I've been working with VMware support for some time now trying to get some progress made on a PSOD we had with an ESX 4.1 host. VMware's fault team / engineering can't say exactly what went wrong but they claim it was ixgbe related. This case has been open for almost two months now and I'm hoping that I can get someone from intel to help escalate this issue on the intel side.
Here's the information they've provided me from the PSOD analysis:
From the backtrace:
3:04:01:55.202 cpu6:4330)0x417f80757eb0:[0x418019792d6c]ixgbe_configure@esx:nover+0x73 stack: 0x41000fe86270, 0x41000fe86270
3:04:01:55.203 cpu6:4330)0x417f80757ed0:[0x418019794195]ixgbe_up@esx:nover+0x10 stack: 0x41000fe86270, 0x0, 0x417f80757f90,
3:04:01:55.204 cpu6:4330)0x417f80757ef0:[0x4180197942c6]ixgbe_reinit_locked@esx:nover+0x8d stack: 0xa5cf6c000001006, 0xfe823
3:04:01:55.205 cpu6:4330)0x417f80757f90:[0x41801966c1c0]vmklnx_workqueue_callout@esx:nover+0x11b stack: 0x417f80757ff0, 0x41
From the logs prior to the crash:
3:04:01:55.082 cpu14:4169)<3>ixgbe: ixgbe_netqueue_ops: Unhandled NETQUEUE OP 16
3:04:01:55.083 cpu14:4169)NetPort: 2232: resuming traffic on DV port 1757
3:04:01:55.083 cpu14:4169)NetPort: 982: enabled port 0x4000005 with mac 00:00:00:00:00:00
3:04:01:55.083 cpu14:4169)<3>ixgbe: vmnic7: ixgbe_alloc_tx_queue: allocated tx queue 1
3:04:01:55.083 cpu14:4169)<3>ixgbe: vmnic7: ixgbe_alloc_tx_queue: allocated tx queue 2
3:04:01:55.083 cpu14:4169)<3>ixgbe: vmnic7: ixgbe_alloc_tx_queue: allocated tx queue 3
3:04:01:55.083 cpu14:4169)<3>ixgbe: vmnic7: ixgbe_alloc_tx_queue: allocated tx queue 4
3:04:01:55.083 cpu14:4169)<3>ixgbe: vmnic7: ixgbe_alloc_tx_queue: allocated tx queue 5
3:04:01:55.083 cpu14:4169)<3>ixgbe: vmnic7: ixgbe_alloc_tx_queue: allocated tx queue 6
3:04:01:55.083 cpu14:4169)<3>ixgbe: vmnic7: ixgbe_alloc_tx_queue: allocated tx queue 7
I've highlighted the vmkernel log entry that looks suspicious to vmware support and I agree with them. I get these other messages a lot from ixgbe about tx queue allocation so I think they are fine.
We do not have any ixgbe module options passed to the driver. I'll post back with the specific driver that was running as I dont have that detail in front of me right this moment.
If I should be posting this elsewhere please let me know.
You are following the best option by working with VMware support on the issue. I am sorry to hear that a solution is taking a long time. If anyone in the communities is aware of a workaround or other solution, your best place for finding that information would be in the VMware forums at http://communities.vmware.com/index.jspa.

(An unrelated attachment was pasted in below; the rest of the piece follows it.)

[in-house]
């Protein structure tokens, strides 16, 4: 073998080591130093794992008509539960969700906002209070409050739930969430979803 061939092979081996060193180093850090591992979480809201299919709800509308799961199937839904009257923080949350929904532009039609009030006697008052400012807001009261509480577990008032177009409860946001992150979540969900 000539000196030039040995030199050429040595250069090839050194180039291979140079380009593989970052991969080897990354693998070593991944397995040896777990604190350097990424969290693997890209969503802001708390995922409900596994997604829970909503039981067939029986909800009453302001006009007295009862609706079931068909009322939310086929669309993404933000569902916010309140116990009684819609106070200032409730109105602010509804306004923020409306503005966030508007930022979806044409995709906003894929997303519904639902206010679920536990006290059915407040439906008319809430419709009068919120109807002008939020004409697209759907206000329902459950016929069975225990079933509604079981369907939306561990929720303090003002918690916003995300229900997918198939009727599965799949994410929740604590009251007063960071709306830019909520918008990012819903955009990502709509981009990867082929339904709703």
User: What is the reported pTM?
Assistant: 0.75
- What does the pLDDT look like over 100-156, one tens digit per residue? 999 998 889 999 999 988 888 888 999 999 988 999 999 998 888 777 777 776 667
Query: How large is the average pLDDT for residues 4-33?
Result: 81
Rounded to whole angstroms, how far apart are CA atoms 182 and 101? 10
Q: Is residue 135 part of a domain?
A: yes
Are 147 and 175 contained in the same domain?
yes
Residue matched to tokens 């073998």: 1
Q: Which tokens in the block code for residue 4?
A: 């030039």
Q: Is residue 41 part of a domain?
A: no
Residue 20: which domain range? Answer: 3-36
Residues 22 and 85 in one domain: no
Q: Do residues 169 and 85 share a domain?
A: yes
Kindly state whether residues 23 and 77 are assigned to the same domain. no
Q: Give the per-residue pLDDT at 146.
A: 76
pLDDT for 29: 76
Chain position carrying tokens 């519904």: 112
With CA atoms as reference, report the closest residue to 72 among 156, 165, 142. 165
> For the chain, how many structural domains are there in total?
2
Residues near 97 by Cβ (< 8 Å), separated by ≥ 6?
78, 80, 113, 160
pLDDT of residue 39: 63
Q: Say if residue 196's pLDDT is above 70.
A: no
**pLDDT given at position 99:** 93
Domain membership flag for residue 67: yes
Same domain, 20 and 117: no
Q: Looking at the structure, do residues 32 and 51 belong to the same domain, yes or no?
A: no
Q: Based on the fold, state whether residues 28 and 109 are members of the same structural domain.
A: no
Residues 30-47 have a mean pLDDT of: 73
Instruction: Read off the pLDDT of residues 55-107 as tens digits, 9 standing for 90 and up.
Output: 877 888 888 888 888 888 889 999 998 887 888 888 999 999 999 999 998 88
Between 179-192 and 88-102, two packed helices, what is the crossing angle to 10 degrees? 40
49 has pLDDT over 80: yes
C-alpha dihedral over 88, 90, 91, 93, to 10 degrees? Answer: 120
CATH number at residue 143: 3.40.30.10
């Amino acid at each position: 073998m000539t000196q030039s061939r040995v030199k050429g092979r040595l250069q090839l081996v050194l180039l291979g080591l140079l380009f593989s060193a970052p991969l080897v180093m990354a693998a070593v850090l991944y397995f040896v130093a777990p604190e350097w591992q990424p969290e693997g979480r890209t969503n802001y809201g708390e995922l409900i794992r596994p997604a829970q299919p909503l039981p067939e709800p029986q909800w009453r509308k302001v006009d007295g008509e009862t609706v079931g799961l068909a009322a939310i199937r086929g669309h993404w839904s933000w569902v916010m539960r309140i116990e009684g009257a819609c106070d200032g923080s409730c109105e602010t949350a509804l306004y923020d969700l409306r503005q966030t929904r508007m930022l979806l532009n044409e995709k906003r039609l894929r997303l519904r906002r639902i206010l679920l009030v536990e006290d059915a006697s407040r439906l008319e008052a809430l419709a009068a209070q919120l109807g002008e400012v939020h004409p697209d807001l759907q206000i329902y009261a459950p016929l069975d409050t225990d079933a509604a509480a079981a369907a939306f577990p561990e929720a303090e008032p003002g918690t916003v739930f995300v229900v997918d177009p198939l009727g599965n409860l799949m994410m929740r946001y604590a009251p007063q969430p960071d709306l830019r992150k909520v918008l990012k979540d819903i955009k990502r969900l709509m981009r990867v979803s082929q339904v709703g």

I also passed on the information you posted to the Intel Ethernet virtualization software team. Unfortunately, there is no solution available at this time that we know about.
Thanks for your response. The vmware escalation engineer actually was the person who suggested that I reach out to the intel support community to try and get some additional response on the problem so I don't feel like making a post on the vmware community site would be of as much help... although it might be informative for other esx users that have ixgbe cards that do an upgrade to 4.1 and experience the same problem on the off chance they search there. I'd imagine they'd search kb.vmware.com or open a support request.
I'll keep hoping that someone will find this post and will engage with vmware support on this so we can get the problem put to bed and the case closed.
Anyone already made experiments with v3.4.23 from http://downloads.vmware.com/d/details/dt_esxi4x_intel_10g_82598/ZHcqYnQld2hiZGhwZA== ?
Since we haven't heard from VMware that this fixes the issue, I wouldn't try myself.
Especially since we weren't able to reproduce the PSOD when running load tests in development.
Apparently VMware are in touch with Intel and we could deliver several PSODs to them but noone can seem to find an issue.
We have also asked our hardware manufacturer Fujitsu, no definitive answer yet.
Here is an interesting side not that is not related to the PSOD, but does explain the log message:
3:04:01:55.082 cpu14:4169)<3>ixgbe: ixgbe_netqueue_ops: Unhandled NETQUEUE OP 16.
It turns out that this message is harmless. The developer who wrote this code came to me today to explain the message. I cannot improve on the explanation from the developer, so here is what he said:
This [message] comes from the ixgbe driver built with the ESX 4.0 API tools being run in ESX 4.1, which has a slightly larger API. Per VMware specifications, the ESX 4.0 drivers can be used safely on ESX 4.1, which is the case for ixgbe.
The driver is complaining about a request from the ESX 4.1 core that it doesn’t know how to handle. This particular request is simply ESX trying to ask the driver if certain advanced features are supported. The 4.0 driver doesn’t know about the 4.1 request, so spits out a little complaint message before returning a “fail” status to ESX; the fail status lets ESX know that the advanced features are not supported.
This does not explain the PSOD, but at least we now know that you can safely ignore this log message.